Canine distemper is an infectious, airborne viral disease characterized by respiratory infection, fever, diarrhea, and in severe cases by convulsions or muscular twitching. The symptoms appear usually 6 to 12 days, sometimes as soon as 4 days, after exposure to the virus. Infected dogs should be well isolated, and professional veterinary treatment is imperative. Effective vaccines are available to protect the dog from this disease.
Infectious Canine Hepatitis
This is a viral disease with a great affinity for the liver and the lining of the blood vessels. It is spread by contact with discharges or urine from an infected dog. The disease may have a peracute ( very acute and violent) form, in which case the puppy may be listless and feverish for a day, then suddenly die. In the less acute form the incubation period is usually 6 to 9 days after exposure. Symptoms include abdominal pain, a fiery redness of the mucous membranes of the eye and mouth, listlessness, and fever.
Treatment consists of broad-spectrum antibiotics, blood transfusions, and general supportive therapy according to the needs of the animal. Modern preventive vaccines are frequently used in combination with distemper vaccine.
This is a bacterial disease of dogs and man generally produced by contact with urine from actively ill or convalescent animals. In acute cases the symptoms are vomiting, diarrhea, and rapid dehydration, leading to coma and death. Less acute cases show a visibly dejected dog, with a painful, drawn-up abdomen, high fever initially, with a rapid plunge to subnormal, vomiting of froth and bile, intense thirst, bloody dysentery, dehydration, and weakness.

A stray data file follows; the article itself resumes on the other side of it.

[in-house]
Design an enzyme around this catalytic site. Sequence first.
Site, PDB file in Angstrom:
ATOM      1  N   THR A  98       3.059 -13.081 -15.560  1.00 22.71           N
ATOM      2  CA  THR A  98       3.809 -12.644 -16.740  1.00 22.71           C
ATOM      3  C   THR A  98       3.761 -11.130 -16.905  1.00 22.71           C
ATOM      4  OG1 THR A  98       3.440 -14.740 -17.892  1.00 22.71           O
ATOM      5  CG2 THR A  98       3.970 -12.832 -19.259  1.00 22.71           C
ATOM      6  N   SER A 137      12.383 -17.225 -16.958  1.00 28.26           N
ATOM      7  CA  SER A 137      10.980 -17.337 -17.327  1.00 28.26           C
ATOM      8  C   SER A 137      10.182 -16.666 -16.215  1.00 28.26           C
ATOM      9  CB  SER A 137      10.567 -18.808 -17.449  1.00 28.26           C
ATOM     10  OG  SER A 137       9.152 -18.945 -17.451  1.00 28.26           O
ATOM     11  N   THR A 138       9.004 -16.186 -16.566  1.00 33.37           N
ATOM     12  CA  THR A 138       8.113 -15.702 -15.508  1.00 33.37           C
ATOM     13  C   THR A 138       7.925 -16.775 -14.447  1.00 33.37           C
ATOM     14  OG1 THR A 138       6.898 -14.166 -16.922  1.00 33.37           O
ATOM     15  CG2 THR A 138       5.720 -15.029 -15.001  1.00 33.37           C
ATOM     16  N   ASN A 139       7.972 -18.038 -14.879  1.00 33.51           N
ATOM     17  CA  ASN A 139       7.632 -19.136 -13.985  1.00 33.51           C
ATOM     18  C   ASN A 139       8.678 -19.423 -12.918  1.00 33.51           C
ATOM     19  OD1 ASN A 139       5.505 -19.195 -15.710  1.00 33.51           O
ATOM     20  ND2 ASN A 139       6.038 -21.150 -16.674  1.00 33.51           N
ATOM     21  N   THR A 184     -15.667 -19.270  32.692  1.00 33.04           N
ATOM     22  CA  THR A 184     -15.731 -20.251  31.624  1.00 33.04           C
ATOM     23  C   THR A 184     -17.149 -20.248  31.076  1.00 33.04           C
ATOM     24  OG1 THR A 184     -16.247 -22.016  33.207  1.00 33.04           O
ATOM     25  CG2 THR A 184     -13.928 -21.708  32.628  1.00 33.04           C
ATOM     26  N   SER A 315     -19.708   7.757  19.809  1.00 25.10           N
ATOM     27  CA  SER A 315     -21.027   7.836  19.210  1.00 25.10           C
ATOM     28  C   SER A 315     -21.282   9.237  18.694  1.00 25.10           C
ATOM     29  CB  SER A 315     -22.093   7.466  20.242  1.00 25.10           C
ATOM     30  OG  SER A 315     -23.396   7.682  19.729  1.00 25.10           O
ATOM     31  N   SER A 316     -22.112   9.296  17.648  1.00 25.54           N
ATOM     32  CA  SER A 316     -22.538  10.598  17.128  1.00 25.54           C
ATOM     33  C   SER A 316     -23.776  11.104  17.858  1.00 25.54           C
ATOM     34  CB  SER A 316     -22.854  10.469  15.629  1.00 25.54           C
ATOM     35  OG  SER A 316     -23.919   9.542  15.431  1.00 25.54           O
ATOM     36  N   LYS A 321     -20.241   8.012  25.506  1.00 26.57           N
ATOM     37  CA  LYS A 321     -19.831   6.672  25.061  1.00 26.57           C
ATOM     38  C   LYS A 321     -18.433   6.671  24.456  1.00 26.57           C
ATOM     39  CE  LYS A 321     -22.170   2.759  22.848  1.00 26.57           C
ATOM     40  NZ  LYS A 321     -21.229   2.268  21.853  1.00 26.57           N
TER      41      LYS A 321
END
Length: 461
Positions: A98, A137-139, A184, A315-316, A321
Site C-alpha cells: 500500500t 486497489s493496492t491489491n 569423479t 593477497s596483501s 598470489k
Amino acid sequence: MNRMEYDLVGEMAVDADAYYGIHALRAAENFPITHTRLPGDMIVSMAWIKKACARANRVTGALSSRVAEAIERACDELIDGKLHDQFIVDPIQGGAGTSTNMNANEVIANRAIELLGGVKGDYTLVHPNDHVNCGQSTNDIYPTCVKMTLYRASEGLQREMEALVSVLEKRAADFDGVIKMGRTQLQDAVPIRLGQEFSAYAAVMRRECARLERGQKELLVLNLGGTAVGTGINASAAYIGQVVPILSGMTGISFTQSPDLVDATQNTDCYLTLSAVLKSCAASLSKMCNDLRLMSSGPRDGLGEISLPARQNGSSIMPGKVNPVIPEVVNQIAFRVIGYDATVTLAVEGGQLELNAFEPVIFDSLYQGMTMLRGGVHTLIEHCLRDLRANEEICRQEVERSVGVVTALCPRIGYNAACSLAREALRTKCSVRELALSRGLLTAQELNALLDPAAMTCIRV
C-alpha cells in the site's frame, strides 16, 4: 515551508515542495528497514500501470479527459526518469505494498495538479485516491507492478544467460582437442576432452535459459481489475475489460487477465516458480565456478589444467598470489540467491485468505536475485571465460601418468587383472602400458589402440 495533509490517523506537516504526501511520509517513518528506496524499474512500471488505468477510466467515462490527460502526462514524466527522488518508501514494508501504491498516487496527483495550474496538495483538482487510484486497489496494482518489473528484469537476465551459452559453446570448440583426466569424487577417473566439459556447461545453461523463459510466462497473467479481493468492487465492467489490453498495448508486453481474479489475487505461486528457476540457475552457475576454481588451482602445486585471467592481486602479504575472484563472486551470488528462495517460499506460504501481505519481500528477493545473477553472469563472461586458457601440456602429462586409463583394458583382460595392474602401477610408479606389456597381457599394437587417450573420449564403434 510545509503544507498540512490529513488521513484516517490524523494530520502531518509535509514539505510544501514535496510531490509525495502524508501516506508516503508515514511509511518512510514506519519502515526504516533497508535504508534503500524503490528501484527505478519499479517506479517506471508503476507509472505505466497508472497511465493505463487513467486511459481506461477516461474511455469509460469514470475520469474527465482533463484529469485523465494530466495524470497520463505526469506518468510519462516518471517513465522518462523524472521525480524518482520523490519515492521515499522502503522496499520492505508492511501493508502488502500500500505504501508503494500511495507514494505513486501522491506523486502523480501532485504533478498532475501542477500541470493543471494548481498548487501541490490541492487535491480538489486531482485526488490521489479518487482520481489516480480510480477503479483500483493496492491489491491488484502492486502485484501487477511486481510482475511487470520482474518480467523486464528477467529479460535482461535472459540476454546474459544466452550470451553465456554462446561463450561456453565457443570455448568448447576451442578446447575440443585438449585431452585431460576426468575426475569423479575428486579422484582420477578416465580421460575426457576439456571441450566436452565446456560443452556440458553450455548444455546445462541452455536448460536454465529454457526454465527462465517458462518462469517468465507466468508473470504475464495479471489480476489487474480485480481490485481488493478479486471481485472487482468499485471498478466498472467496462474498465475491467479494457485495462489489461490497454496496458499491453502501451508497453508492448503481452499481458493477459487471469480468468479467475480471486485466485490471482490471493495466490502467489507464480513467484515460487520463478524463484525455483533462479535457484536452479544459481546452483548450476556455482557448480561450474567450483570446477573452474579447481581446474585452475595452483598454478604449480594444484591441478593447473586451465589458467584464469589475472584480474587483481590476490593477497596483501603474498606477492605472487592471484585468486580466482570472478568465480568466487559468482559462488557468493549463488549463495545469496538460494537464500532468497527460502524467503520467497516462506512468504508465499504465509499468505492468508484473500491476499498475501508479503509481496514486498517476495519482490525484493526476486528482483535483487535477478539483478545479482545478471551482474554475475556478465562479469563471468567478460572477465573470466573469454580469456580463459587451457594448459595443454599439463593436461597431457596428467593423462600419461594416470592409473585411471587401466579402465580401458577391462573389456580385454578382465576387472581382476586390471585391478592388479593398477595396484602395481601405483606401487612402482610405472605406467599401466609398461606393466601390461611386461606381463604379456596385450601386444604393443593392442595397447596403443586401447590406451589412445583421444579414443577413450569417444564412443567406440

Treatment consists of attempts to control the severe vomiting and dehydration and to aid kidney function. Short-term vaccines are helpful in reducing the risk of exposure.
This is an acute viral infectious disease of warm blooded animals transmitted through the bite of an afflicted animal, though there is now evidence of airborne infection from masses of bats in "bat caves." The incubation period of the virus, which has a special affinity for nervous tissue, is usually from 12 to 30 days but it may be as long as 6 months or more.
Treatment of the afflicted dog, once the symptoms appear, is futile. The best barrier to the spread of rabies and the best safeguard for the dog is regular immunization. For people it high risk groups, such as veterinarians and hu mane society personnel, human vaccines are available.
These ascarid worms are about to 8 inches (12-20 cm) in length when fully grown, usually white or yellowish white in color and pointed at both ends. Infection is caused by swallowing the infective eggs of these worms which hatch in the intestines. The newly hatches larvae penetrate the intestinal wall and mi grate through the liver and lung tissues, finally returning to the intestinal tract. Unborn puppies can be infected by larvae migrating from the mother across the placenta. Since a dog can pick up the infective eggs on food or plaything dragged on the floor, the removal of all drop pings and strict sanitation are necessary to pre vent constant reinfection in puppies.
Roundworm infection in puppies is usually characterized by a potbelly, unthrifty appearance, capricious appetites, and intermittent vomiting and diarrhea. The worms may appear in the vomit or stool. Worming can be done at home, but since treatment is usually messy and proper dosages of the various drugs often difficult to gauge, professional veterinary care is strongly recommended.